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Straffan, County Kildare
Representative view of lych gate to east.
Reg. No.11809005
Date1850 - 2000
Previous NameN/A
CountyCounty Kildare
Coordinates292756, 229936
Original Usegraveyard/cemetery
In Use Asgraveyard/cemetery
Graveyard with various cut-stone grave markers, c.1850-present. Remains of detached rubble stone medieval church, c.1600, to south comprising single-bay four-stage tower on a square plan with round-headed openings to parapet. Now in ruins. Roof now gone. Rubble stone walls including advanced sections to upper stage. Square-headed opening to first stage. No dressings or fittings. Round-headed openings (paired) to upper stage. Rubble stone voussoirs. No fittings. Overgrown grounds surrounding. Gateway, c.1850, to south comprising pair of rubble stone circular piers with cut-stone capping and wrought iron gates having rubble stone curved flanking walls including steps (four) to stile. Lych gate, c.1920, to east comprising cut-stone plinth walls, timber piers over having gabled canopy with decorative timber work to gable and cross finial to apex. Rubble stone curved flanking walls with cut-stone piers.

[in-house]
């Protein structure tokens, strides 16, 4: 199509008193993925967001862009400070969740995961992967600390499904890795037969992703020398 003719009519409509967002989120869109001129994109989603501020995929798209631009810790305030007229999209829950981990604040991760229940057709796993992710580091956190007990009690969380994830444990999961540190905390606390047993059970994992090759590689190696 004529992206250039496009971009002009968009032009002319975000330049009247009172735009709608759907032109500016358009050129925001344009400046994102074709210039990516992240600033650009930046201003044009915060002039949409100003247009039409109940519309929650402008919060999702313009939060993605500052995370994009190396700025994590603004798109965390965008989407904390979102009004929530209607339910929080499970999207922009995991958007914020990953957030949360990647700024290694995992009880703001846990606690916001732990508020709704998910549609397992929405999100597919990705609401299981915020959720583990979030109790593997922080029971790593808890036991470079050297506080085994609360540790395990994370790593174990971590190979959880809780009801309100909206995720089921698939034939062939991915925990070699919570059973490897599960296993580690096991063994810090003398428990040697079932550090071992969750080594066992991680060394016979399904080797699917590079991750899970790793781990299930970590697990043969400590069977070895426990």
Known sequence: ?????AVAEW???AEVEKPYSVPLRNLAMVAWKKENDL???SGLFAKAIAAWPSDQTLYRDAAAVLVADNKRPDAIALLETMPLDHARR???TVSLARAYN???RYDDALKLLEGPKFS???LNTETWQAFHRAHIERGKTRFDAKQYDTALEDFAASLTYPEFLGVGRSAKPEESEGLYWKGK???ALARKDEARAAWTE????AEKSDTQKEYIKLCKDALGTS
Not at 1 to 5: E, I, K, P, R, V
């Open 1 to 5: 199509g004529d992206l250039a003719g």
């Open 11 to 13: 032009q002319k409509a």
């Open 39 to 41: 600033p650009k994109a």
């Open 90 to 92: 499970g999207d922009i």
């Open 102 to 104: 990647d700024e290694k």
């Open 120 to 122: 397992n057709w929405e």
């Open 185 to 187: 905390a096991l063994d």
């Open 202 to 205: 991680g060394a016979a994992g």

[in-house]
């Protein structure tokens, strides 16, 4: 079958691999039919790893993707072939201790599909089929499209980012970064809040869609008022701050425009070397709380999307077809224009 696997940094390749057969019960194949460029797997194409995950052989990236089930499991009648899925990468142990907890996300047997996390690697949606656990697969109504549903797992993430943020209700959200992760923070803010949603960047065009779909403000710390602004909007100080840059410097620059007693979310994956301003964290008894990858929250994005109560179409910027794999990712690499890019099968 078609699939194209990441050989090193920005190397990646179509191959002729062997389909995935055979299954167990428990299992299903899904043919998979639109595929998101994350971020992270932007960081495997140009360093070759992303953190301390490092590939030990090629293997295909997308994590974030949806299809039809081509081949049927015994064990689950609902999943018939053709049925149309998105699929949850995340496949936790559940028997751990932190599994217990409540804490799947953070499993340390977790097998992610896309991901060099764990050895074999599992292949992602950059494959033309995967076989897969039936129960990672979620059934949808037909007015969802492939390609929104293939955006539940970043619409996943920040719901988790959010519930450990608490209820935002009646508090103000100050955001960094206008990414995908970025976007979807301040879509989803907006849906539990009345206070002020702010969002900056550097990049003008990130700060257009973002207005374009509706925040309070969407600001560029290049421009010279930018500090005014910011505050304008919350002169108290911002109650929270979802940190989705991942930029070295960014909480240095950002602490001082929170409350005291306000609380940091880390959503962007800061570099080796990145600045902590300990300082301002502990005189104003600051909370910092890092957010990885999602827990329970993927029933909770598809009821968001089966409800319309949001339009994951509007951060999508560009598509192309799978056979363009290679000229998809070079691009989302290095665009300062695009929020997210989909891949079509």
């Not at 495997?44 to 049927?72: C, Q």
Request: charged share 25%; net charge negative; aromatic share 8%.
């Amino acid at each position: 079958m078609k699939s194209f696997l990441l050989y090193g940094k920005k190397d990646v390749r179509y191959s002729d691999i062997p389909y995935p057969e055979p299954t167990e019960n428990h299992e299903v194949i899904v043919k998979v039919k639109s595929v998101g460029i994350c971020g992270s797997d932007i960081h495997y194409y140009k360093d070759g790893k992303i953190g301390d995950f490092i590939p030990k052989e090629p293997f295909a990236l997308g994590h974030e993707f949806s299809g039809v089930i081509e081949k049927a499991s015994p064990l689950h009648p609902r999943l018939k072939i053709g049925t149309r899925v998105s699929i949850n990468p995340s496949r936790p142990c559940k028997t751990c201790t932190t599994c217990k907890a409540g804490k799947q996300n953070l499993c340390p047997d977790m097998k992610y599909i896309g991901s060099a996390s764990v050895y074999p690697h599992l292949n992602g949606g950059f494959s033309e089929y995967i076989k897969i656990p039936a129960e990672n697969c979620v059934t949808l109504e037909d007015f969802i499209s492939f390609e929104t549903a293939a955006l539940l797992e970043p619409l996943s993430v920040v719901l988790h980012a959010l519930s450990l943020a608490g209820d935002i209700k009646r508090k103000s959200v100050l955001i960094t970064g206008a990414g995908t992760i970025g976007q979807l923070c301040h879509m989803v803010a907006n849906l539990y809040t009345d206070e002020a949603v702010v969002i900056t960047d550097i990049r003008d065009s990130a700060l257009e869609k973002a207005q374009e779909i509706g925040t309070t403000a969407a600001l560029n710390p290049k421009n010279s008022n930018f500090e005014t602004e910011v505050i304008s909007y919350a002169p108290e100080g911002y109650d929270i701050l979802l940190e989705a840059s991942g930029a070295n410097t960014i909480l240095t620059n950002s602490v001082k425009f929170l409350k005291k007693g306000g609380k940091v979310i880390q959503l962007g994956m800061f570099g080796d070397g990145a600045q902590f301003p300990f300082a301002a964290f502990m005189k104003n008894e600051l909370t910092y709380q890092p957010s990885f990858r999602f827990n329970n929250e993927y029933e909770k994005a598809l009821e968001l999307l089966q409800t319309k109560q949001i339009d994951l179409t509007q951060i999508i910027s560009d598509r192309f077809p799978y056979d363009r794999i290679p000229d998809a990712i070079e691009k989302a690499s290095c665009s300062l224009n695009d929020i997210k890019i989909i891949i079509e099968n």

This graveyard is of considerable social and historical importance in Straffan and attests to the long-standing ecclesiastical presence in the village. Sited in the centre of the village the picturesque graveyard retains some fragments of a medieval church on the site, which is of archaeological interest. Latterly converted to use as a graveyard the resulting cut-stone markers of various periods are of some artistic merit. The lych gate to east is a rare feature in the Irish landscape and reflects the influence of English settlers in the locality - it is an imposing and attractive feature on the side of the road and serves to identify the graveyard in the locality. The construction of the structure in cut-stone and timber is evidence of the high quality of stone masonry and carpentry practised in the locality. An earlier gateway to south is also of similar interest, with gate piers of a vernacular form, and retaining gates that are a fine example of early surviving iron work.
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